Take Two®

News and culture through the lens of Southern California. Hosted by A Martínez

Police officers and traffic stops

by Take Two®

NORTH CHARLESTON, SC - APRIL 08: People participate in a rally to protest the death of Walter Scott, who was killed by police in a shooting, outside City Hall on April 8, 2015 in North Charleston, South Carolina. Video captured by a bystander showed officer Michael Slager shooting Scott as he ran away. Officer Slager has been charged with murder as a result of the incident. (Photo by Richard Ellis/Getty Images) Richard Ellis/Getty Images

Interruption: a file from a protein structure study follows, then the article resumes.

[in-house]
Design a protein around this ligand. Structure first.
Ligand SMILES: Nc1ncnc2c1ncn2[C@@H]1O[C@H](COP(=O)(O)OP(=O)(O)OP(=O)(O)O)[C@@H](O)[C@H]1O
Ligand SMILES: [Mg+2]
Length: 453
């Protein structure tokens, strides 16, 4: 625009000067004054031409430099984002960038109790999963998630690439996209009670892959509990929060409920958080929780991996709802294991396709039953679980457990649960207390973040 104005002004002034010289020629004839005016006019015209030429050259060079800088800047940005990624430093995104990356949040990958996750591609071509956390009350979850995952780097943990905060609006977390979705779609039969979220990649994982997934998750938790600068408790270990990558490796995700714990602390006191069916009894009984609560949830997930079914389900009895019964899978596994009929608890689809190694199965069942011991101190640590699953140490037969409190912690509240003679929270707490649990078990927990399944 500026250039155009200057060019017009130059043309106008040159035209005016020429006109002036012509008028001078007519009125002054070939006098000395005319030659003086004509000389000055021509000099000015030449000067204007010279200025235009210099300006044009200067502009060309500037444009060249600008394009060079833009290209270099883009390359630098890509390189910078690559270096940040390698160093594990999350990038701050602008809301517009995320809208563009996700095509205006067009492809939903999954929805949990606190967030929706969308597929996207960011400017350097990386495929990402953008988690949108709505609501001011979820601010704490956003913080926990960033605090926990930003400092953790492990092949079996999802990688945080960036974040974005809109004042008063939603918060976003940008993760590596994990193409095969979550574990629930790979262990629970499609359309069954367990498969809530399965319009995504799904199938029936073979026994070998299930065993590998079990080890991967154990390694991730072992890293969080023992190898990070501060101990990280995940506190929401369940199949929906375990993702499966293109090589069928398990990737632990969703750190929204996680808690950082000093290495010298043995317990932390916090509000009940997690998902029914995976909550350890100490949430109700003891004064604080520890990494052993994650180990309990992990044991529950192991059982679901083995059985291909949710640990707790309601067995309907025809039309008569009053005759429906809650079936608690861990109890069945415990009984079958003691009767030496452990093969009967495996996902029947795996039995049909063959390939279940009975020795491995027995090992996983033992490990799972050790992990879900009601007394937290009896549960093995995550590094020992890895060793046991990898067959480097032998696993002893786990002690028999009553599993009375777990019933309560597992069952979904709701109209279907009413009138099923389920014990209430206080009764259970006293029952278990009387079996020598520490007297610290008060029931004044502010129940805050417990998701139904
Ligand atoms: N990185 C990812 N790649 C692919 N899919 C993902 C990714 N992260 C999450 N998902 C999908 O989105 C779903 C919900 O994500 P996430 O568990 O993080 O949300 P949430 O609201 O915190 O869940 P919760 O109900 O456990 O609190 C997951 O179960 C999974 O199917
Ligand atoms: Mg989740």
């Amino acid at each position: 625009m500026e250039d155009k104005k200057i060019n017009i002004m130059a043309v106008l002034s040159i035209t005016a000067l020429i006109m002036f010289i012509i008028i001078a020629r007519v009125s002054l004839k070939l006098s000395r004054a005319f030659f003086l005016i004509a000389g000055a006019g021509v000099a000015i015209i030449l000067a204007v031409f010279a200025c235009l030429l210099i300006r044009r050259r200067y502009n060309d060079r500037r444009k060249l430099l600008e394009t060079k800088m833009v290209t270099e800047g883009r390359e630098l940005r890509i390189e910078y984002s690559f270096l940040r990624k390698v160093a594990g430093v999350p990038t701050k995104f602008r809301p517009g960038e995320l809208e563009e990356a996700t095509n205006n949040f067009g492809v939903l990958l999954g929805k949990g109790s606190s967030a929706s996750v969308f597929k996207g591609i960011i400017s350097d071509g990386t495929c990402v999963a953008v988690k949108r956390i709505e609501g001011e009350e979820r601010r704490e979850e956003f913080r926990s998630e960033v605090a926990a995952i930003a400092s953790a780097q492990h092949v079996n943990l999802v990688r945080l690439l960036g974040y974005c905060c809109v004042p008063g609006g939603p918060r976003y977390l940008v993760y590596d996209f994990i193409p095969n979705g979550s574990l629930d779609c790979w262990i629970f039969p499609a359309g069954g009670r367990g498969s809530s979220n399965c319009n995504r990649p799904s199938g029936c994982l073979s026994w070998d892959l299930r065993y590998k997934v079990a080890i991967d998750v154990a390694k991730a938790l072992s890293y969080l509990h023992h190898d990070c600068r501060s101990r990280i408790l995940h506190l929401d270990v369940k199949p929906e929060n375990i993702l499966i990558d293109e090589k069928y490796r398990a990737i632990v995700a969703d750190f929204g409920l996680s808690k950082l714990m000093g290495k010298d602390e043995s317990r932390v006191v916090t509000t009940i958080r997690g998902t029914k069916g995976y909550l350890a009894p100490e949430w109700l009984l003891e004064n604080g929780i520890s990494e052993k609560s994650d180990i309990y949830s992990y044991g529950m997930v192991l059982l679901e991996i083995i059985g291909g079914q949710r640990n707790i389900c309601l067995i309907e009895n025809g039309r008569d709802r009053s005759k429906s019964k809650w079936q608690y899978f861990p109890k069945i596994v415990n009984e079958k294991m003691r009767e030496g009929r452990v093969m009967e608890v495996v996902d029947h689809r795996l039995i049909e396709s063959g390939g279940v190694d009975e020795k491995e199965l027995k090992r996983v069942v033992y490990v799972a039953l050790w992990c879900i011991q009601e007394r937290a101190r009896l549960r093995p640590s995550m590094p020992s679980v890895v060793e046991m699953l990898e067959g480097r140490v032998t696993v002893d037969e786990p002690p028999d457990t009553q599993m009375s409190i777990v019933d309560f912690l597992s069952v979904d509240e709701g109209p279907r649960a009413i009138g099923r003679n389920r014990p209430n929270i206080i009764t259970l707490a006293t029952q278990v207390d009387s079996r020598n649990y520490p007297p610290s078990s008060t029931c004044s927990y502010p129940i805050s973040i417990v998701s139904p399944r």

This week news of a fatal shooting in North Charleston, South Carolina became a huge story.

Officer Michael Slager shot and killed Walter Scott, a 50-year-old resident of the city, after a traffic stop turned into an altercation. The incident, which was caught on video, shows Slager shooting Scott from behind as he was trying to flee.

Slager, who has since been arrested and charged with murder, claimed that he was in danger. But what precipitated the event is less known – Scott was pulled over for a minor traffic infraction.

Slate staff writer Jamelle Bouie wrote about the traffic stop, and how some police departments use traffic stops as a pretext for harassment and abuse. 


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